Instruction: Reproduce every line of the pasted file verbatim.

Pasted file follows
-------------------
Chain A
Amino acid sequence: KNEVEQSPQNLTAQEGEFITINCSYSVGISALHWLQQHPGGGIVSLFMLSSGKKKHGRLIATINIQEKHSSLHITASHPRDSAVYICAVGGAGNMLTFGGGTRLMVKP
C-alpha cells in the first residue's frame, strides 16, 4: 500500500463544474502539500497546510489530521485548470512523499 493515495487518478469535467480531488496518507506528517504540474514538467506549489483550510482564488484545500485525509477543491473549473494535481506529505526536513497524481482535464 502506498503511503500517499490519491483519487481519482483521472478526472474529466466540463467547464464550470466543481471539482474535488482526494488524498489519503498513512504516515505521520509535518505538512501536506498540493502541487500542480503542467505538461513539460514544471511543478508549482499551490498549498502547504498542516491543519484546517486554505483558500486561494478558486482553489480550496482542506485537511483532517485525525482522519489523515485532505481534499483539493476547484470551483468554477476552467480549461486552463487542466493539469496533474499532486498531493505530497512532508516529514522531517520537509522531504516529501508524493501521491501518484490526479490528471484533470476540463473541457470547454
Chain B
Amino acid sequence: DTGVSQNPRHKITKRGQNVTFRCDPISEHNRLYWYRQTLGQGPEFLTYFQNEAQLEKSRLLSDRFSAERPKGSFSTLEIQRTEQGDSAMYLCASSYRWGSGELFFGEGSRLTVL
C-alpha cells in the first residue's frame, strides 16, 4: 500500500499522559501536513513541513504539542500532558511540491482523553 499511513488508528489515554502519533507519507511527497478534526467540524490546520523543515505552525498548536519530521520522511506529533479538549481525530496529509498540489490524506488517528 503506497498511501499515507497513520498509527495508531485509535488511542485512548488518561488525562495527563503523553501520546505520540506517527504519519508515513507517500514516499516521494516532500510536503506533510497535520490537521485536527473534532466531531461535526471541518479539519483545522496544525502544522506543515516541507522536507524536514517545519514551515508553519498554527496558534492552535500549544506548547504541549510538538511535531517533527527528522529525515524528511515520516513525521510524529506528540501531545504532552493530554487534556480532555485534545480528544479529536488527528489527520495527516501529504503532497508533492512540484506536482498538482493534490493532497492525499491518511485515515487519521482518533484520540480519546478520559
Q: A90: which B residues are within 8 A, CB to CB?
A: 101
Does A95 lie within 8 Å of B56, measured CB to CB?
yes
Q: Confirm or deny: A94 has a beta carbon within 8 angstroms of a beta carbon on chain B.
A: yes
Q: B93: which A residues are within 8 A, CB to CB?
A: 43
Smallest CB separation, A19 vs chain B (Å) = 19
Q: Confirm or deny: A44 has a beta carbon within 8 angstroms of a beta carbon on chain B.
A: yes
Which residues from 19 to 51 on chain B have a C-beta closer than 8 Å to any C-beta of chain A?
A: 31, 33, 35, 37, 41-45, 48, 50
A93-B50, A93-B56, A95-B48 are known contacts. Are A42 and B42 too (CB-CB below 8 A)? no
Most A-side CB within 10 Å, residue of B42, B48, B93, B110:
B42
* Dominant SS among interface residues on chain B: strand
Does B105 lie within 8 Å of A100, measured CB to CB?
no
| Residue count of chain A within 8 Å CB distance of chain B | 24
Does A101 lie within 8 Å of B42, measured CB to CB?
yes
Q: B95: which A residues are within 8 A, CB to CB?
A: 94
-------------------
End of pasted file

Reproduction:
Chain A
Amino acid sequence: KNEVEQSPQNLTAQEGEFITINCSYSVGISALHWLQQHPGGGIVSLFMLSSGKKKHGRLIATINIQEKHSSLHITASHPRDSAVYICAVGGAGNMLTFGGGTRLMVKP
C-alpha cells in the first residue's frame, strides 16, 4: 500500500463544474502539500497546510489530521485548470512523499 493515495487518478469535467480531488496518507506528517504540474514538467506549489483550510482564488484545500485525509477543491473549473494535481506529505526536513497524481482535464 502506498503511503500517499490519491483519487481519482483521472478526472474529466466540463467547464464550470466543481471539482474535488482526494488524498489519503498513512504516515505521520509535518505538512501536506498540493502541487500542480503542467505538461513539460514544471511543478508549482499551490498549498502547504498542516491543519484546517486554505483558500486561494478558486482553489480550496482542506485537511483532517485525525482522519489523515485532505481534499483539493476547484470551483468554477476552467480549461486552463487542466493539469496533474499532486498531493505530497512532508516529514522531517520537509522531504516529501508524493501521491501518484490526479490528471484533470476540463473541457470547454
Chain B
Amino acid sequence: DTGVSQNPRHKITKRGQNVTFRCDPISEHNRLYWYRQTLGQGPEFLTYFQNEAQLEKSRLLSDRFSAERPKGSFSTLEIQRTEQGDSAMYLCASSYRWGSGELFFGEGSRLTVL
C-alpha cells in the first residue's frame, strides 16, 4: 500500500499522559501536513513541513504539542500532558511540491482523553 499511513488508528489515554502519533507519507511527497478534526467540524490546520523543515505552525498548536519530521520522511506529533479538549481525530496529509498540489490524506488517528 503506497498511501499515507497513520498509527495508531485509535488511542485512548488518561488525562495527563503523553501520546505520540506517527504519519508515513507517500514516499516521494516532500510536503506533510497535520490537521485536527473534532466531531461535526471541518479539519483545522496544525502544522506543515516541507522536507524536514517545519514551515508553519498554527496558534492552535500549544506548547504541549510538538511535531517533527527528522529525515524528511515520516513525521510524529506528540501531545504532552493530554487534556480532555485534545480528544479529536488527528489527520495527516501529504503532497508533492512540484506536482498538482493534490493532497492525499491518511485515515487519521482518533484520540480519546478520559
Q: A90: which B residues are within 8 A, CB to CB?
A: 101
Does A95 lie within 8 Å of B56, measured CB to CB?
yes
Q: Confirm or deny: A94 has a beta carbon within 8 angstroms of a beta carbon on chain B.
A: yes
Q: B93: which A residues are within 8 A, CB to CB?
A: 43
Smallest CB separation, A19 vs chain B (Å) = 19
Q: Confirm or deny: A44 has a beta carbon within 8 angstroms of a beta carbon on chain B.
A: yes
Which residues from 19 to 51 on chain B have a C-beta closer than 8 Å to any C-beta of chain A?
A: 31, 33, 35, 37, 41-45, 48, 50
A93-B50, A93-B56, A95-B48 are known contacts. Are A42 and B42 too (CB-CB below 8 A)? no
Most A-side CB within 10 Å, residue of B42, B48, B93, B110:
B42
* Dominant SS among interface residues on chain B: strand
Does B105 lie within 8 Å of A100, measured CB to CB?
no
| Residue count of chain A within 8 Å CB distance of chain B | 24
Does A101 lie within 8 Å of B42, measured CB to CB?
yes
Q: B95: which A residues are within 8 A, CB to CB?
A: 94